7 Things All Daughters Need to Hear From Their Father

Write these down.

by Adam Bulger
Originally Published: 

Men often don’t realize how tough the world can be on girls until they have daughters. Dads want to teach their girls to be strong, independent, and resilient but often lack the insight or language needed to impart that message. Things that seem like silly girl stuff for dads can be life-or-death for girls. And when dads try to get real about girl power, it falls on deaf ears (because they say stuff like “get real about girl power”).

As a father of a daughter, you’re not going to get it all the way right every time. But Catherine Steiner-Adair can help you get it mostly right when it’s most important. In 2005, the psychologist, school consultant and author partnered with Harvard Medical School to create the middle school program Full of Ourselves: A Wellness Program to Advance Girl Power, Health, and Leadership to strengthen girls’ self-esteem and help them flourish into independent women. Here, per Steiner-Adair, are seven things all daughters need to hear from their dads.

“You’re Allowed to Be Angry.”

When girls reach the ages of 8, 9, and 10, they start hearing the message that it’s not feminine to express anger, even during situations where they have every right to be mad. “That’s a very dangerous gender-code message for girls,” Steiner-Adair writes. “Dads have a huge role to play here in authorizing their daughters to say things loud and clear when they’re mad.”

“Claim Your Strength.”

Fathers, per Steiner-Adair, often don’t understand how cultural rules about gendered behavior influence girls’ personalities and the way they act. “If you understand that, then you can raise a daughter who can deconstruct some of the very self-limiting messages that the dominant culture will give her,” she says. For example, if a girl tells the world how talented, special, and capable she is, she’s often chided for being too full of herself. Steiner-Adair writes that good fathers help their daughters “claim their strengths,” adding: “And claiming your strength isn’t the same thing as bragging or being bossy.”

“You Don’t Just Look Good When You’re Dressed Up.”

When a daughter walks into a room wearing a fancy dress, dads are quick to compliment them. But Steiner-Adair says those shouldn’t be the only times we positively note how they look. “It’s really important for dads to tell girls they look great when they’re muddy and coming back from the game or just playing outside,” Steiner-Adair says. “They can say, ‘You look like you’re having the best time. I love it when you come home covered with mud,’ not just, ‘Oh, my God, you’re so pretty when you’re in your dress.’ ” Your daughter pays attention to what dads say to moms. “It’s important for your daughter to hear you say things like when your wife or partner is in her pj’s that you think your mom’s just so adorable,” Steiner-Adair adds. “She’s so beautiful. In other words, say that women are beautiful, not just when they’re all made up.”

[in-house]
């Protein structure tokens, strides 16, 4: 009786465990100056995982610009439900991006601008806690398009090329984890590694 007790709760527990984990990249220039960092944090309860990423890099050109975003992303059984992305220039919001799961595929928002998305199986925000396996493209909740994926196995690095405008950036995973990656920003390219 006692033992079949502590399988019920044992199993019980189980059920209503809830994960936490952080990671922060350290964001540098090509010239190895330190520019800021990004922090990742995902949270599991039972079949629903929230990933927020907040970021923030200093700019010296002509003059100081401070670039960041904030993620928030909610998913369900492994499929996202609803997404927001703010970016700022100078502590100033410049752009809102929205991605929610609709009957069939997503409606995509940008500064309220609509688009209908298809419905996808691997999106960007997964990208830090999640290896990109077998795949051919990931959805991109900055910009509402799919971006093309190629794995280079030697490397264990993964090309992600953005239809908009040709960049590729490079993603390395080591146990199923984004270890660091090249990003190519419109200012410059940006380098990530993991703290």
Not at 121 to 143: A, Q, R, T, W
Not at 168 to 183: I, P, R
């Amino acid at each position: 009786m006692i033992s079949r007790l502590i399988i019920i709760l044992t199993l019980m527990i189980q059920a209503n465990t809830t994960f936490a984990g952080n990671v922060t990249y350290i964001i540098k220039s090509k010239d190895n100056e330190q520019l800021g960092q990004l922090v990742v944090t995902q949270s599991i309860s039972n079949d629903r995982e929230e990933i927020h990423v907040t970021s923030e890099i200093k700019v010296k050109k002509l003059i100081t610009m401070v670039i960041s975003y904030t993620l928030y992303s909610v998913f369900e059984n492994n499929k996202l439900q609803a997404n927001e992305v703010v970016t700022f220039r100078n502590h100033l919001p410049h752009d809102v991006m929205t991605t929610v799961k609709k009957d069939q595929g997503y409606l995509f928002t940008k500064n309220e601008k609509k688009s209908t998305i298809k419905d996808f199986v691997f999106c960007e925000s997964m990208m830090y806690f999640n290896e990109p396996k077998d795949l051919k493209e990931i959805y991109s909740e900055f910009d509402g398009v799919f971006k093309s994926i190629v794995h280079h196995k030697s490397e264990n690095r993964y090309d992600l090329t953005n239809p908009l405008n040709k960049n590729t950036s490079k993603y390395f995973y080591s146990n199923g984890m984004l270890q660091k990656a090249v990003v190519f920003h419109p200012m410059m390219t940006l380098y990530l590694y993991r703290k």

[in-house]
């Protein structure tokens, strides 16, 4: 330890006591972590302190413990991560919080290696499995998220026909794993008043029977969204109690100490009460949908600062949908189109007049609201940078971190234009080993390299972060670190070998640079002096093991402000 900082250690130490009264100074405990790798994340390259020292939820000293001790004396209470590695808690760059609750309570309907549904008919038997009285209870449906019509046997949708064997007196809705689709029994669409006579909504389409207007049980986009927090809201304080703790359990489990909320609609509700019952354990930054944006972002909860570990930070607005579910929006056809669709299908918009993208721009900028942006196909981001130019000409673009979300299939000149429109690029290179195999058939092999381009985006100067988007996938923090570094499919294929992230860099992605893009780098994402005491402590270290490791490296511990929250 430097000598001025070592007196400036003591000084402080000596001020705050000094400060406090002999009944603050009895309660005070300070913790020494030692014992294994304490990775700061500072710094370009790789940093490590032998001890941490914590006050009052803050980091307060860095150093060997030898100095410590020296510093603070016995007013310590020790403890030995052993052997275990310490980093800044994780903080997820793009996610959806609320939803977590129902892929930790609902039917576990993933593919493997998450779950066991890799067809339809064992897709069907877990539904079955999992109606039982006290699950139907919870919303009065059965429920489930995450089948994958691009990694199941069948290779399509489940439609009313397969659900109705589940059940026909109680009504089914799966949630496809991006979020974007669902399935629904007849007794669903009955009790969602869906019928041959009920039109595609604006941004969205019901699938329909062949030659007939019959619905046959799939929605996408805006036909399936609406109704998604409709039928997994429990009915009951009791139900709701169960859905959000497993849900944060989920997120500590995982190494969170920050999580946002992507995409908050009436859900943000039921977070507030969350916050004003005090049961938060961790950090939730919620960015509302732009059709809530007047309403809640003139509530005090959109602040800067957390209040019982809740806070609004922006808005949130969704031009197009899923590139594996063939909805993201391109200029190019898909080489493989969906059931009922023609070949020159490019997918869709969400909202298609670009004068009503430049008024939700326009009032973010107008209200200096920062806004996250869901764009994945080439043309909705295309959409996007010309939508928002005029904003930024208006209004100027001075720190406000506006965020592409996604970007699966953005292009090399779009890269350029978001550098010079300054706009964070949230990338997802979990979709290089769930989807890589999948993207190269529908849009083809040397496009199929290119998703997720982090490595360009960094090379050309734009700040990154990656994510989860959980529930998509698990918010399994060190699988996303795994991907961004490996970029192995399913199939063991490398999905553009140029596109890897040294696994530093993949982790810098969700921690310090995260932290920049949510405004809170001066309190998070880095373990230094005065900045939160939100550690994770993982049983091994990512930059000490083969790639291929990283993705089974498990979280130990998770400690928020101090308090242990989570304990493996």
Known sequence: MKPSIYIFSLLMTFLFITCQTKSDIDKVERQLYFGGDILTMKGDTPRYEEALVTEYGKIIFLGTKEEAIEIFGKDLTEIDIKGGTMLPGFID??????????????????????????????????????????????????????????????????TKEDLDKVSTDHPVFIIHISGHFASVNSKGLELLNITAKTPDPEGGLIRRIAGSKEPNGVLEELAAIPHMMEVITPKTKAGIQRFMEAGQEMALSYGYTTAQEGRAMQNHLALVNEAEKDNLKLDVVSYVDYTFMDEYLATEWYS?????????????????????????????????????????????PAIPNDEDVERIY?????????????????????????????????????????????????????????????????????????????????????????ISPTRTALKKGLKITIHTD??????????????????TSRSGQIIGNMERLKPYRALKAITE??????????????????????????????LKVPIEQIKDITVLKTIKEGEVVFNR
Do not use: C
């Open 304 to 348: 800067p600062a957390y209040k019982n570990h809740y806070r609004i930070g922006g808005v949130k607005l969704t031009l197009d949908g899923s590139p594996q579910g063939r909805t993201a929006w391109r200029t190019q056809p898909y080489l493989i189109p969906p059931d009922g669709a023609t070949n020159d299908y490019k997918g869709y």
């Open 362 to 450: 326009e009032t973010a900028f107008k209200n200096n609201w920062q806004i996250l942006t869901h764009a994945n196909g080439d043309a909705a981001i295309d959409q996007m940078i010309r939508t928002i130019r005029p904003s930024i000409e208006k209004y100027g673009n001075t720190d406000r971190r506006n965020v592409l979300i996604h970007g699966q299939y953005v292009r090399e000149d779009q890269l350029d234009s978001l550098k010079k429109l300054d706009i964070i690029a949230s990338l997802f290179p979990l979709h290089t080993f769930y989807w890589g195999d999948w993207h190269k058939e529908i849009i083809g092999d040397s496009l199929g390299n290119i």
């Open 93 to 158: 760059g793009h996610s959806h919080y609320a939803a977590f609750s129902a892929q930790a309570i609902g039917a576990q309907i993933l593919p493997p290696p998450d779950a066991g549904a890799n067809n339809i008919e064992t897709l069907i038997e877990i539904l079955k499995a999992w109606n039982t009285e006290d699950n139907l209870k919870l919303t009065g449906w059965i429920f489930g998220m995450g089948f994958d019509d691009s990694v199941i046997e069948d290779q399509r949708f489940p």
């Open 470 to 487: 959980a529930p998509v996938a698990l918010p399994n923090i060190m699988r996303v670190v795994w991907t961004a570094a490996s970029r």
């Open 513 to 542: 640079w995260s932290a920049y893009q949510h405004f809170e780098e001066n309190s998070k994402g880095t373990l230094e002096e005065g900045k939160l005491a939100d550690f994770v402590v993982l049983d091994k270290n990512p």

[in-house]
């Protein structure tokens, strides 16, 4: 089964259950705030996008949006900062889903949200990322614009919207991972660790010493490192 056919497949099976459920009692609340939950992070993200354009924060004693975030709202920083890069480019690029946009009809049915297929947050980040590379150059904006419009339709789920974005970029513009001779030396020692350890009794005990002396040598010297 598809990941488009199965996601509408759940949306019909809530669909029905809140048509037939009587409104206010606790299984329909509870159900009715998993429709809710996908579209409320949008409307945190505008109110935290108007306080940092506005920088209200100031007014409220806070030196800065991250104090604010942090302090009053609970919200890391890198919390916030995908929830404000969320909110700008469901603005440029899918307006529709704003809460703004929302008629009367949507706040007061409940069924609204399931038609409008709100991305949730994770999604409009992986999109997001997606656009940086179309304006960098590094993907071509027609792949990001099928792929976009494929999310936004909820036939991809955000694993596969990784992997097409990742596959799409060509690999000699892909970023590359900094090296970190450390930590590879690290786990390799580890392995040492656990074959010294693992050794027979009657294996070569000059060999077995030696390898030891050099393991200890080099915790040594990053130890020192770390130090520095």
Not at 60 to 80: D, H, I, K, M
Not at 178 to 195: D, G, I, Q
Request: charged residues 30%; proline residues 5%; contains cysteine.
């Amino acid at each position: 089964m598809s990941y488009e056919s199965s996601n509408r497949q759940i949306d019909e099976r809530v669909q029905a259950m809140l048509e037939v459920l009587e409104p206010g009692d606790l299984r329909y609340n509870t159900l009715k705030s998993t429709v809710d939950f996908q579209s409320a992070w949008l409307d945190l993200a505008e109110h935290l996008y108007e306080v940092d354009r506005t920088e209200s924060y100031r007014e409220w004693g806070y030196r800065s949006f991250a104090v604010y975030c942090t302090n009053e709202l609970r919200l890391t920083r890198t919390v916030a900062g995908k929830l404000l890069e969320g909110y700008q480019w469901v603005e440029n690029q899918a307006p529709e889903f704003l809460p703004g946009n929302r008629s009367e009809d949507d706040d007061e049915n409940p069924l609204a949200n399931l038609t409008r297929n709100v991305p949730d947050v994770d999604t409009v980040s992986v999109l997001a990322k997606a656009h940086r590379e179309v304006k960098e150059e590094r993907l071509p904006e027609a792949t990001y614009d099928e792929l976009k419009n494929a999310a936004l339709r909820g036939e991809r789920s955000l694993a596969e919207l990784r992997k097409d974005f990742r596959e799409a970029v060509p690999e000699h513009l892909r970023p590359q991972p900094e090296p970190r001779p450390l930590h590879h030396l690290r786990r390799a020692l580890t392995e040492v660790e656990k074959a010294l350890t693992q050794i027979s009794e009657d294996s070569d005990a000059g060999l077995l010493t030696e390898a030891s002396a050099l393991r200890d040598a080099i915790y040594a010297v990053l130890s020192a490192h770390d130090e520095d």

“You’re More Than the Way Your Body Looks.”

The world’s going to tell your daughter her body is the most important thing about her over and over again. Dads can play a big role in tempering that message and fostering a healthy way to think about their bodies. “Help them understand their bodies in terms of health and the power of being physically strong and brave,” Steiner-Adair explains. “Our body is a form of self-expression and it’s something you want to respect.”

“I Need Your Advice.”

It’s not enough for fathers to tell their daughters to be leaders. Invoking girl bosses and girl power can seem like empty platitudes or, worse, corny dad talk, when you don’t show her you believe her insights and judgments are valuable. Steiner-Adair says fathers should ask their daughters for advice. “Talk about situations where you were confused and you didn’t know what to do,” she says. “Ask ‘How would you handle that? What advice do you have for me?’ ” And don’t ask her opinion as an intellectual exercise. Take your daughter’s advice to heart and apply it. Afterward, tell your daughter how it ended up. You might both learn something.

“You Don’t Have to Kiss Grandpa if You Don’t Want To.”

Dads rarely consider the implications of cajoling a reluctant girl into hugging and kissing a close relative goodby. Many fathers might be surprised to hear there are any implications at all. But Steiner-Adair says there’s an unpleasant undercurrent to the seemingly innocent request: You’re chipping away at your daughter’s belief that she can choose what to do with her body.

“You should never, ever make your daughter kiss somebody, even if it’s their grandparents,” Steiner-Adair says. When you tell your daughter to be affectionate, you’re telling them they don’t have control over their bodies. “You want to teach them from early on that they’re the boss of who kisses you, who hugs you, who touches you,” she says.

“I Value and Support Women.”

You’ll never help your daughter become a strong, capable woman if she thinks you don’t believe women are strong or capable. Steiner-Adair urges fathers of daughters to be feminist dads. Talk to your girls about gender equality. Tell them that men and women are equal and deserve equal respect, equal pay for the same job, equals safety in the world, equal access to important positions. “Be clear that you believe women should get paid equally,” she says. “Talk about how it’s crazy it hasn’t happened yet and talk about what you’re doing to make it get better.”

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